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‘Landmark ruling’

Firm may face ‘fine’ after flouting TU laws
Shaun Noble, Thursday, January 19th, 2017


A total of 56 Unite members at a South Yorkshire firm are set to receive ‘compensation’ payments of up to £7,600 each, after bosses tried to by-pass their recognised union and put a pay offer directly to individuals which included changes to their terms of employment.

 

Kostal UK Ltd, based near Rotherham, faces a bill that could reach £425,000, after an employment tribunal ruled that the German-owned company had breached the 1992 Trade Union and Labour Relations (Consolidation) Act.

 

Unite which represented members in the unlawful inducement claims, hailed the tribunal verdict as ‘a landmark victory for workers against managements who don’t play by the legal rules and seek to bypass the union’.

 

In November 2014, the majority of the 700 workers at the company, which makes advanced electronic equipment for the car industry, voted in favour of Unite being their recognised union for collective bargaining purposes. A recognition agreement was then signed with the company.

 

In November 2015, a pay offer of two percent for the year 2016 and a £270 Christmas bonus was put to union members and rejected by a large margin of 80 per cent in a consultative ballot.

 

The union then said that rather than continuing with the pay negotiations as it  should, the company wrote to individual employees urging them to accept the offer and change their terms of employment, otherwise they would lose their Christmas bonus of £270 each. This offer was repeated in January 2016.

 

Unite Legal Services brought claims on behalf of 57 members to whom the offer was made and the judgment following the Sheffield hearing in November 2016 was received last week.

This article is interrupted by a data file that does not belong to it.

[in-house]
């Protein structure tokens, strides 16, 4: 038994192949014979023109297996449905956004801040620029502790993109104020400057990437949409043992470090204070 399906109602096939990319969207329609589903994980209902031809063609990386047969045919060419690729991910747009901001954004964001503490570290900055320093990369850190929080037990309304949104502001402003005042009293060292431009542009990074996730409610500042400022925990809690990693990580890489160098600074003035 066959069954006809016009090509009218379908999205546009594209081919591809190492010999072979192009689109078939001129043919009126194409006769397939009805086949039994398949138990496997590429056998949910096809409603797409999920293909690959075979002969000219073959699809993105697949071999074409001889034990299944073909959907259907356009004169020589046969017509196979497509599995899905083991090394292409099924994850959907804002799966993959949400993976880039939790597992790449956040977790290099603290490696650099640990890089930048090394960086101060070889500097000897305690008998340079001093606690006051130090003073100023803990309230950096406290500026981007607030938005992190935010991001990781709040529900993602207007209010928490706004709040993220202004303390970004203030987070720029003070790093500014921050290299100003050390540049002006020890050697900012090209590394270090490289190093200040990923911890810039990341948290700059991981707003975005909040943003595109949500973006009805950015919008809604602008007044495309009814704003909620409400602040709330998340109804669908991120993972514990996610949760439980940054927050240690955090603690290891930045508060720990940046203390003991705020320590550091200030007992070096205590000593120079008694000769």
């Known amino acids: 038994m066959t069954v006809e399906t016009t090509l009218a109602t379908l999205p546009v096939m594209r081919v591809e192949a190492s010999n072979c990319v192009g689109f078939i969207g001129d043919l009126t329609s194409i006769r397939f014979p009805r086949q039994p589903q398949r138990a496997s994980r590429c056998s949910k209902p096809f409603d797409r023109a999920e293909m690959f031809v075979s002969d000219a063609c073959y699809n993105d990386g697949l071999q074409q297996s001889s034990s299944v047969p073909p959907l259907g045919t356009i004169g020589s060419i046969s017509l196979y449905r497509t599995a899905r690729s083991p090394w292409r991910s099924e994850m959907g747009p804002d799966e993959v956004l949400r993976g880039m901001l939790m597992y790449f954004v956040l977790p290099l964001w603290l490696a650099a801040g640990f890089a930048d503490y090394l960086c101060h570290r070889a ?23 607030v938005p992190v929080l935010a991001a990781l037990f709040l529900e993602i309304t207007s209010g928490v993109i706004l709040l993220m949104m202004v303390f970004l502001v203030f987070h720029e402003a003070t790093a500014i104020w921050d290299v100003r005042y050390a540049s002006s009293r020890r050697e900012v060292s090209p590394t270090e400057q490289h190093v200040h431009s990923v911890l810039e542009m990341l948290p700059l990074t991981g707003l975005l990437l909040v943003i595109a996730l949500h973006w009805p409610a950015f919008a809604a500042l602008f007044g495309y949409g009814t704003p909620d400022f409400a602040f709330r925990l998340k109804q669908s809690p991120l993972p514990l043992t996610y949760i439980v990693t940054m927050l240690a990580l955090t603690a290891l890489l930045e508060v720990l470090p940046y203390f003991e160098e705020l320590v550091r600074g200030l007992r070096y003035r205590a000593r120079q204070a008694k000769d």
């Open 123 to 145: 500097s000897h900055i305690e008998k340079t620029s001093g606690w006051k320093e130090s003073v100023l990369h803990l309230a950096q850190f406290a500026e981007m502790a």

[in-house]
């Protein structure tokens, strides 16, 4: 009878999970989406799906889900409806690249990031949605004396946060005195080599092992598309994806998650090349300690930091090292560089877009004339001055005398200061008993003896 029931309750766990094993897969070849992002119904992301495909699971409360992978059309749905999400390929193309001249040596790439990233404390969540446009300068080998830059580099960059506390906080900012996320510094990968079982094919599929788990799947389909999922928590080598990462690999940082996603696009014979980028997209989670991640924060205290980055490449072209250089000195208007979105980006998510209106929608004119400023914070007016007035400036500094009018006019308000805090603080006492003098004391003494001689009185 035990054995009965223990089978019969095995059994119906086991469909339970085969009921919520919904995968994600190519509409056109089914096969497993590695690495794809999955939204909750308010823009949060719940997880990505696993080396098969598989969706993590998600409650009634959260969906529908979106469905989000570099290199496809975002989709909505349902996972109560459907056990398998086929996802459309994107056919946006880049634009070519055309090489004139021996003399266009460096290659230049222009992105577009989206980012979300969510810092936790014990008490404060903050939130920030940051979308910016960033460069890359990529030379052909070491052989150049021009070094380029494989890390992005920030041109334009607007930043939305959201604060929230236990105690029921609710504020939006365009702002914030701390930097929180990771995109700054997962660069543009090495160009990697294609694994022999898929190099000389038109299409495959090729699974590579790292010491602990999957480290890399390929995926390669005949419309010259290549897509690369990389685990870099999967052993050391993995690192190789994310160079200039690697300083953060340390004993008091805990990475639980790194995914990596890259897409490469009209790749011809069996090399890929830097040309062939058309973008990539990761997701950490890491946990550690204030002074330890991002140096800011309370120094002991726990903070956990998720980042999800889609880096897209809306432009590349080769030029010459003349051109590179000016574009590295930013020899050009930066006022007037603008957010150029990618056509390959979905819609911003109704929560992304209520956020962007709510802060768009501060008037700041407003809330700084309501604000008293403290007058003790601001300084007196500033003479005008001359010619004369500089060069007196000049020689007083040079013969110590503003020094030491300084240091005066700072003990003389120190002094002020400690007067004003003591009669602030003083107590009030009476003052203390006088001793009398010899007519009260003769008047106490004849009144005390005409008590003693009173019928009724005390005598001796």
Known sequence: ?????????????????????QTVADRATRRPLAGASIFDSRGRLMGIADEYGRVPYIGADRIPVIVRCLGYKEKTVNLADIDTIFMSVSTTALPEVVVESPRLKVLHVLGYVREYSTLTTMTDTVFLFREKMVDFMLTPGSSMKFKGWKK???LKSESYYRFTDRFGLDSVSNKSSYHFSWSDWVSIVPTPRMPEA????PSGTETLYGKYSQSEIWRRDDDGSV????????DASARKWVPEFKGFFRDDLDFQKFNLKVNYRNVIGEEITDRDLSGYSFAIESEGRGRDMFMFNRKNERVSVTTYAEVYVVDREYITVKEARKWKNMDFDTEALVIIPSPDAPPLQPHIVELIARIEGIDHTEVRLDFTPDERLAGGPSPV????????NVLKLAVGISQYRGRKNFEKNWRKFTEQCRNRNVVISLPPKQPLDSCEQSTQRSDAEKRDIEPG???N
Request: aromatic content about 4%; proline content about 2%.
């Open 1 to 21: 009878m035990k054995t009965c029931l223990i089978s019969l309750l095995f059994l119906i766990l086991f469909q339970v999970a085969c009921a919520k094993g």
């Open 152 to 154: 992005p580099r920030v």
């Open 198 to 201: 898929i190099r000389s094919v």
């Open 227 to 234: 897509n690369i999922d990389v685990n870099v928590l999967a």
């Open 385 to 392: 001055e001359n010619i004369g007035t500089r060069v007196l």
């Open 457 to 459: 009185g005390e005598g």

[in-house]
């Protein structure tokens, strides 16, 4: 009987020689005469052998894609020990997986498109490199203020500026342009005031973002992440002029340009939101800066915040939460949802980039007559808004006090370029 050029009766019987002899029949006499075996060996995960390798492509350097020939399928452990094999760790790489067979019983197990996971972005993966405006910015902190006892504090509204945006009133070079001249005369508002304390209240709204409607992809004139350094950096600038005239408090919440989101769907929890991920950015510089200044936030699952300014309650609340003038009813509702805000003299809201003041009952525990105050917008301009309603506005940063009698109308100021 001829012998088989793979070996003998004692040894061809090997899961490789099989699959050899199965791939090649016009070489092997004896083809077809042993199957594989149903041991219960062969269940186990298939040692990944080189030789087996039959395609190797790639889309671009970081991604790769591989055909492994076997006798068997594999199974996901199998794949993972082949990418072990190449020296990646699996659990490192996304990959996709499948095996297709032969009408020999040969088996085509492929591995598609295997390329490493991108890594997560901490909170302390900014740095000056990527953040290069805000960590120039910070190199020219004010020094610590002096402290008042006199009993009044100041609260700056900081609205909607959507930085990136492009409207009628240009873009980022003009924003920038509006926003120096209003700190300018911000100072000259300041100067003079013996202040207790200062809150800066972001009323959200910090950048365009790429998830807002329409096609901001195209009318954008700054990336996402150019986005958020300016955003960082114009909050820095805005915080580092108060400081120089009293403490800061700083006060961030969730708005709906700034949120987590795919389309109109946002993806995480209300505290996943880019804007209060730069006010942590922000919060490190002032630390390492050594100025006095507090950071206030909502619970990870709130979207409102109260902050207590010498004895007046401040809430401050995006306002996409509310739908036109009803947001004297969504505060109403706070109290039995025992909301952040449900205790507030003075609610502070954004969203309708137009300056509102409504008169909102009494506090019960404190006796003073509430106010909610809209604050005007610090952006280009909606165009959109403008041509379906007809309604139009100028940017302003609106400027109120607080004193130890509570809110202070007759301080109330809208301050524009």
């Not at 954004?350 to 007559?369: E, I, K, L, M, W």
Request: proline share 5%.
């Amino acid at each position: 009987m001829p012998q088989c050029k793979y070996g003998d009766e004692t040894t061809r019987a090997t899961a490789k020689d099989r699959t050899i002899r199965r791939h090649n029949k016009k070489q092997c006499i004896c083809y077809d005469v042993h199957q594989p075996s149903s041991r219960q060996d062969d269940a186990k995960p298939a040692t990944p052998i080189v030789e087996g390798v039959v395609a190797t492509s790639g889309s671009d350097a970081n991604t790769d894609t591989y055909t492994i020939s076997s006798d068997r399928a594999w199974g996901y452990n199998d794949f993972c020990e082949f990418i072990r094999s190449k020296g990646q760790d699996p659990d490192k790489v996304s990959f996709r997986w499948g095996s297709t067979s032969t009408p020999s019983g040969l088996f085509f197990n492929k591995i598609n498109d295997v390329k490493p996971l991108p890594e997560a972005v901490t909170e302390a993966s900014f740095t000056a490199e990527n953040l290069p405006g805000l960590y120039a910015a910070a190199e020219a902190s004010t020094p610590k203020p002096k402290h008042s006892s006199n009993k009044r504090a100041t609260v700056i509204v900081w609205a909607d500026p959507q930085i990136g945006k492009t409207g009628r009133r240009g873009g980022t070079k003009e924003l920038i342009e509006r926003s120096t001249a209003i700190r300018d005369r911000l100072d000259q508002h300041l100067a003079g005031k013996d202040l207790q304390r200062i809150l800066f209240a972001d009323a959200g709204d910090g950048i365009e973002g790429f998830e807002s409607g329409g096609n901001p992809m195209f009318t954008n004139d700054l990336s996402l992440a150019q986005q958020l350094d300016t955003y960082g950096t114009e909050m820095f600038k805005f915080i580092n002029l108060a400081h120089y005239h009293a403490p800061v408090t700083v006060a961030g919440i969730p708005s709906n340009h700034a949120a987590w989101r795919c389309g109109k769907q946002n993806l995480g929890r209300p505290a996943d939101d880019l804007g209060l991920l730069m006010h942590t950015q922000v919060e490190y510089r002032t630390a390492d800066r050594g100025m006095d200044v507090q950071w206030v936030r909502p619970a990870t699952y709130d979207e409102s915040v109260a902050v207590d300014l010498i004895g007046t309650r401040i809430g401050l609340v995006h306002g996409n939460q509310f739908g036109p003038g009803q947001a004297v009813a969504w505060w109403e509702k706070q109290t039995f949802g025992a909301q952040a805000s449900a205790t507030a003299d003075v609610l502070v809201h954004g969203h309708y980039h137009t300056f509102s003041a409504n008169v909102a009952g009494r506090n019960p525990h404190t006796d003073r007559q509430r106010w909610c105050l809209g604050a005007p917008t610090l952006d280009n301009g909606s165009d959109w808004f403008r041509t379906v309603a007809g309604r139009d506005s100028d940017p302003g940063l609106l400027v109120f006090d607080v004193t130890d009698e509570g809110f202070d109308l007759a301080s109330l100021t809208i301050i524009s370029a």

In the judgment, Employment Judge Little said, “We take the view that it is not permissible for an employer to abandon collective negotiation when it does not like the result of a ballot.

 

“If there is a recognition agreement, which includes collective bargaining, the employer cannot drop in and out of the collective process as and when it suits its purpose.”

 

Unite regional officer Simon Coop called it a “landmark ruling” that shows that “managements can’t play fast-and-loose with the law when there are collective bargaining arrangements with Unite.

 

“Our members are due compensation of £3,800 for each offer made by the company,” he said.

 

“If two offers were made, the member should receive £7,600.  Payments are due to 56 of the 57 members that took part in the claim as one member settled his claim prior to the hearing. The level of compensation could reach £425,000.

 

“It shows the benefit of union membership that will fight your corner to the very end, industrially, politically and legally, even when things look very dire,” he added.

 

“It was disappointing that we had to bring these claims to the employment tribunal in the first place, but we felt it was essential that we defended the collective bargaining process. I am delighted that the tribunal accepted our arguments and agreed with us that the employer had crossed a line.

 

“This is a victory for the solidarity our members showed when being put under intense management pressure – and should send out a strong message to other employers considering such underhand tactics.”

 

It was not until November 2016, all Kostal UK employees covered under the recognition and procedural agreement received a pay increase of two per cent on their basic annual salary backdated to January 1, 2016.

 

Unite has contacted the company seeking pay-out of the award, but if agreement can’t be reached the employment tribunal will meet on February 24 to arbitrate.

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